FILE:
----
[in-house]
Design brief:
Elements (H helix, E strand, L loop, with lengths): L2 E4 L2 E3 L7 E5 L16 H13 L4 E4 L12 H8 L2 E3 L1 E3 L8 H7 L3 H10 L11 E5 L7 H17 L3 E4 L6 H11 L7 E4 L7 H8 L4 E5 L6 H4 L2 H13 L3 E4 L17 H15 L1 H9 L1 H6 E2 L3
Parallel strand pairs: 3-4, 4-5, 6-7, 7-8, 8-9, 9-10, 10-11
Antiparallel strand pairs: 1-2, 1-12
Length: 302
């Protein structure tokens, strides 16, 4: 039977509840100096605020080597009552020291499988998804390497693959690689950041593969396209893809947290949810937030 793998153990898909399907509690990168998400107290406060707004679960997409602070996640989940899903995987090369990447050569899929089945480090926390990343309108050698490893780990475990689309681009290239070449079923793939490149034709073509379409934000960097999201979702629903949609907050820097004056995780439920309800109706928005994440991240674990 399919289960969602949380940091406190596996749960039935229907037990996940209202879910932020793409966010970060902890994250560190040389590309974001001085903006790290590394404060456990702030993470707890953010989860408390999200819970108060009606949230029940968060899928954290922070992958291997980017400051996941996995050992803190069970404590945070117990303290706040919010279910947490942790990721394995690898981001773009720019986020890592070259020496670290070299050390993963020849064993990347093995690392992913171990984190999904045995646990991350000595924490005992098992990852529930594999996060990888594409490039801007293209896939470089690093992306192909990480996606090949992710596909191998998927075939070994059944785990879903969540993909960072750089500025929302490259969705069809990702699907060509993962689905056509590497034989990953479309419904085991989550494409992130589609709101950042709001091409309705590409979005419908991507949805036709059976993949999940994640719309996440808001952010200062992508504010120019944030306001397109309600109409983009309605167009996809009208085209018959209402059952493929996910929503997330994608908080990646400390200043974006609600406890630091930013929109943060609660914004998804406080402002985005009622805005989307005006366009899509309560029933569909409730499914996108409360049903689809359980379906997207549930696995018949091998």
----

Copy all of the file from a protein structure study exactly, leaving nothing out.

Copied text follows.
[in-house]
Design brief:
Elements (H helix, E strand, L loop, with lengths): L2 E4 L2 E3 L7 E5 L16 H13 L4 E4 L12 H8 L2 E3 L1 E3 L8 H7 L3 H10 L11 E5 L7 H17 L3 E4 L6 H11 L7 E4 L7 H8 L4 E5 L6 H4 L2 H13 L3 E4 L17 H15 L1 H9 L1 H6 E2 L3
Parallel strand pairs: 3-4, 4-5, 6-7, 7-8, 8-9, 9-10, 10-11
Antiparallel strand pairs: 1-2, 1-12
Length: 302
């Protein structure tokens, strides 16, 4: 039977509840100096605020080597009552020291499988998804390497693959690689950041593969396209893809947290949810937030 793998153990898909399907509690990168998400107290406060707004679960997409602070996640989940899903995987090369990447050569899929089945480090926390990343309108050698490893780990475990689309681009290239070449079923793939490149034709073509379409934000960097999201979702629903949609907050820097004056995780439920309800109706928005994440991240674990 399919289960969602949380940091406190596996749960039935229907037990996940209202879910932020793409966010970060902890994250560190040389590309974001001085903006790290590394404060456990702030993470707890953010989860408390999200819970108060009606949230029940968060899928954290922070992958291997980017400051996941996995050992803190069970404590945070117990303290706040919010279910947490942790990721394995690898981001773009720019986020890592070259020496670290070299050390993963020849064993990347093995690392992913171990984190999904045995646990991350000595924490005992098992990852529930594999996060990888594409490039801007293209896939470089690093992306192909990480996606090949992710596909191998998927075939070994059944785990879903969540993909960072750089500025929302490259969705069809990702699907060509993962689905056509590497034989990953479309419904085991989550494409992130589609709101950042709001091409309705590409979005419908991507949805036709059976993949999940994640719309996440808001952010200062992508504010120019944030306001397109309600109409983009309605167009996809009208085209018959209402059952493929996910929503997330994608908080990646400390200043974006609600406890630091930013929109943060609660914004998804406080402002985005009622805005989307005006366009899509309560029933569909409730499914996108409360049903689809359980379906997207549930696995018949091998």